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        I'd like to add an addendum to Klaus Eder's message about
Reifenstahl's Tiefland.  I saw Nina Gladitz' film about the making of
Tiefland in 1985 at a conference at the Annenberg school.  Nina's film
makes the charge that Tiefland was made with Gypsy extras from a
concentration camp.  Apparently Reifenstahl promised them their freedom,
used them in the film, and then sent them back to the camp.  If this
really happened, and Klaus' description of the outcome of the court
case suggests that it did, then I think we cannot any longer separate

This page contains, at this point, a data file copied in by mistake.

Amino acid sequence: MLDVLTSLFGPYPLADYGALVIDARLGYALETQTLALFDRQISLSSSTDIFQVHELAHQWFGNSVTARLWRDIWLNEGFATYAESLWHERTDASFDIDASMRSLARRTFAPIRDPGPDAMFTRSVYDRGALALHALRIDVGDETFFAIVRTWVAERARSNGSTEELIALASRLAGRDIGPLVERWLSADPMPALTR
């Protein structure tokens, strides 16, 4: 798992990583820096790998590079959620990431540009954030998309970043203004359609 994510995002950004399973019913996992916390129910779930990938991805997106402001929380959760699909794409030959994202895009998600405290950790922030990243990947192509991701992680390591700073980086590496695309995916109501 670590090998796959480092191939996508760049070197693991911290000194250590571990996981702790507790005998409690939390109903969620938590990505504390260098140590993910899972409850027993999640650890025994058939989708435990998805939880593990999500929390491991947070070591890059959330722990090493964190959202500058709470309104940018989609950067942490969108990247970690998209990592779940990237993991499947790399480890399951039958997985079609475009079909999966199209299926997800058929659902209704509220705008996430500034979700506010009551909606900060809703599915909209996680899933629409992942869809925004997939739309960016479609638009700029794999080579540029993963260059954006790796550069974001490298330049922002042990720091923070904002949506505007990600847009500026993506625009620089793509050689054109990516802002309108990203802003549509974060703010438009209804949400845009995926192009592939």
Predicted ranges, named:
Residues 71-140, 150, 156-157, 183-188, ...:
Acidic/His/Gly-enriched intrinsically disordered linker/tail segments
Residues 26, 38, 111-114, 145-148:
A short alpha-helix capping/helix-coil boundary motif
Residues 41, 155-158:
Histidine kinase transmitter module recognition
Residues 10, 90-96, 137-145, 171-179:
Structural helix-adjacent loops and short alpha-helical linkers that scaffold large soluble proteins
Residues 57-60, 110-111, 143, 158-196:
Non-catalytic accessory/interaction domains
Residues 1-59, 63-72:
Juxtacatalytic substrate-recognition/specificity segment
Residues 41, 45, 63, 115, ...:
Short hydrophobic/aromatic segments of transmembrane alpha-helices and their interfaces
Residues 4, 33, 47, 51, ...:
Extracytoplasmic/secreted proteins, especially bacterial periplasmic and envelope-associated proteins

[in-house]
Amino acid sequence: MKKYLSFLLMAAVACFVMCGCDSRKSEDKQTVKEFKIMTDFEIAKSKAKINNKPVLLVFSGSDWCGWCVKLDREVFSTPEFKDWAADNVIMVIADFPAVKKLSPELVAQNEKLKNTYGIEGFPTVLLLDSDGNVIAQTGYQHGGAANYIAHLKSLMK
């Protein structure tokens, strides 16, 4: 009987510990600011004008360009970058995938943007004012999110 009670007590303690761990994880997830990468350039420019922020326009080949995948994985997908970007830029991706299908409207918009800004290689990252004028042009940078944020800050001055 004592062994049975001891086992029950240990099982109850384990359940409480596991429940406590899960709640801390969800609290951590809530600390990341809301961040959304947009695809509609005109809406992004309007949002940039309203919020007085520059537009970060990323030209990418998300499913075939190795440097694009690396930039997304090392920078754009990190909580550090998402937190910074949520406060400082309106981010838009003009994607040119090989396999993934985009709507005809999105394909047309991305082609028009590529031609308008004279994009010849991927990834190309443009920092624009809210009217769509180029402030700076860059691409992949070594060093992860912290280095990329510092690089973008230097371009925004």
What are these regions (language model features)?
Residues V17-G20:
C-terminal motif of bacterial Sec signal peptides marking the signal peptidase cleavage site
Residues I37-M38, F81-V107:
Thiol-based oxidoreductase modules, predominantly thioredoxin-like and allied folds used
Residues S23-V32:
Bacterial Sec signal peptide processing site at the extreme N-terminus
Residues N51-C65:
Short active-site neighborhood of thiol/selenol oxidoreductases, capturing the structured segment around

aesthetics and politics in our consideration of Reifenstahl's work.  The
two are quite obviously linked.  Reifenstahl's very ability to create the
visual effects she envisioned depended on her ability to treat her
subject-actors as subhuman.  She was not only profiting from the Nazi
system, but acting on one of its most basic tenets.
 
        Anne Fischel
        The Evergreen State College